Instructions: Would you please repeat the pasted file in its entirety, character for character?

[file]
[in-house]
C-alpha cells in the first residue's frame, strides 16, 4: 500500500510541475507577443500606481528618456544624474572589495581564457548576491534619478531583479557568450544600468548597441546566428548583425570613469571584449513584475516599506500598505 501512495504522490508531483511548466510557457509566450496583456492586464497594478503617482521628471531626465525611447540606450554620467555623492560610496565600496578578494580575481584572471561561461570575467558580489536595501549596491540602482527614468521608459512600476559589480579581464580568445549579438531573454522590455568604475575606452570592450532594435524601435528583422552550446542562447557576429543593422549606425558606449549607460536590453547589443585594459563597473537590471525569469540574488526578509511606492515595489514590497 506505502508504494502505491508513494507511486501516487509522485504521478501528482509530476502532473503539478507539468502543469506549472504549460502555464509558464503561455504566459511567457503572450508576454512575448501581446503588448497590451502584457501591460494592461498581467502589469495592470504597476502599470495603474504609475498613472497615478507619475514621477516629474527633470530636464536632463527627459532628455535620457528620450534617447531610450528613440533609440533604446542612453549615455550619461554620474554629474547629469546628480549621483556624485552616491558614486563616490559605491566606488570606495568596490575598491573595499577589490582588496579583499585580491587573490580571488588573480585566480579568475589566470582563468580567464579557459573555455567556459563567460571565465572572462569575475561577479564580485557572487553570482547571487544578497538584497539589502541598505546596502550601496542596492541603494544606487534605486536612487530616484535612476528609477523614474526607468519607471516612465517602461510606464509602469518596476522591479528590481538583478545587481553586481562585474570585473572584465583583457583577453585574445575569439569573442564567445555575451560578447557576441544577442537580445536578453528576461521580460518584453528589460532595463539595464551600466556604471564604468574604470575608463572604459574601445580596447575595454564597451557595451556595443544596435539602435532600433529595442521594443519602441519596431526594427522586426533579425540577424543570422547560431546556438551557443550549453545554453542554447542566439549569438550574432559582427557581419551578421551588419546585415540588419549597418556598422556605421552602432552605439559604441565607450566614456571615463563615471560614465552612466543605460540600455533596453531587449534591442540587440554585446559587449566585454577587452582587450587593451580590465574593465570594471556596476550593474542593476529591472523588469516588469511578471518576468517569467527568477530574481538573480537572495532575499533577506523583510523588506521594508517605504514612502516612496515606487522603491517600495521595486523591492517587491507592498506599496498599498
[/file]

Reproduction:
[in-house]
C-alpha cells in the first residue's frame, strides 16, 4: 500500500510541475507577443500606481528618456544624474572589495581564457548576491534619478531583479557568450544600468548597441546566428548583425570613469571584449513584475516599506500598505 501512495504522490508531483511548466510557457509566450496583456492586464497594478503617482521628471531626465525611447540606450554620467555623492560610496565600496578578494580575481584572471561561461570575467558580489536595501549596491540602482527614468521608459512600476559589480579581464580568445549579438531573454522590455568604475575606452570592450532594435524601435528583422552550446542562447557576429543593422549606425558606449549607460536590453547589443585594459563597473537590471525569469540574488526578509511606492515595489514590497 506505502508504494502505491508513494507511486501516487509522485504521478501528482509530476502532473503539478507539468502543469506549472504549460502555464509558464503561455504566459511567457503572450508576454512575448501581446503588448497590451502584457501591460494592461498581467502589469495592470504597476502599470495603474504609475498613472497615478507619475514621477516629474527633470530636464536632463527627459532628455535620457528620450534617447531610450528613440533609440533604446542612453549615455550619461554620474554629474547629469546628480549621483556624485552616491558614486563616490559605491566606488570606495568596490575598491573595499577589490582588496579583499585580491587573490580571488588573480585566480579568475589566470582563468580567464579557459573555455567556459563567460571565465572572462569575475561577479564580485557572487553570482547571487544578497538584497539589502541598505546596502550601496542596492541603494544606487534605486536612487530616484535612476528609477523614474526607468519607471516612465517602461510606464509602469518596476522591479528590481538583478545587481553586481562585474570585473572584465583583457583577453585574445575569439569573442564567445555575451560578447557576441544577442537580445536578453528576461521580460518584453528589460532595463539595464551600466556604471564604468574604470575608463572604459574601445580596447575595454564597451557595451556595443544596435539602435532600433529595442521594443519602441519596431526594427522586426533579425540577424543570422547560431546556438551557443550549453545554453542554447542566439549569438550574432559582427557581419551578421551588419546585415540588419549597418556598422556605421552602432552605439559604441565607450566614456571615463563615471560614465552612466543605460540600455533596453531587449534591442540587440554585446559587449566585454577587452582587450587593451580590465574593465570594471556596476550593474542593476529591472523588469516588469511578471518576468517569467527568477530574481538573480537572495532575499533577506523583510523588506521594508517605504514612502516612496515606487522603491517600495521595486523591492517587491507592498506599496498599498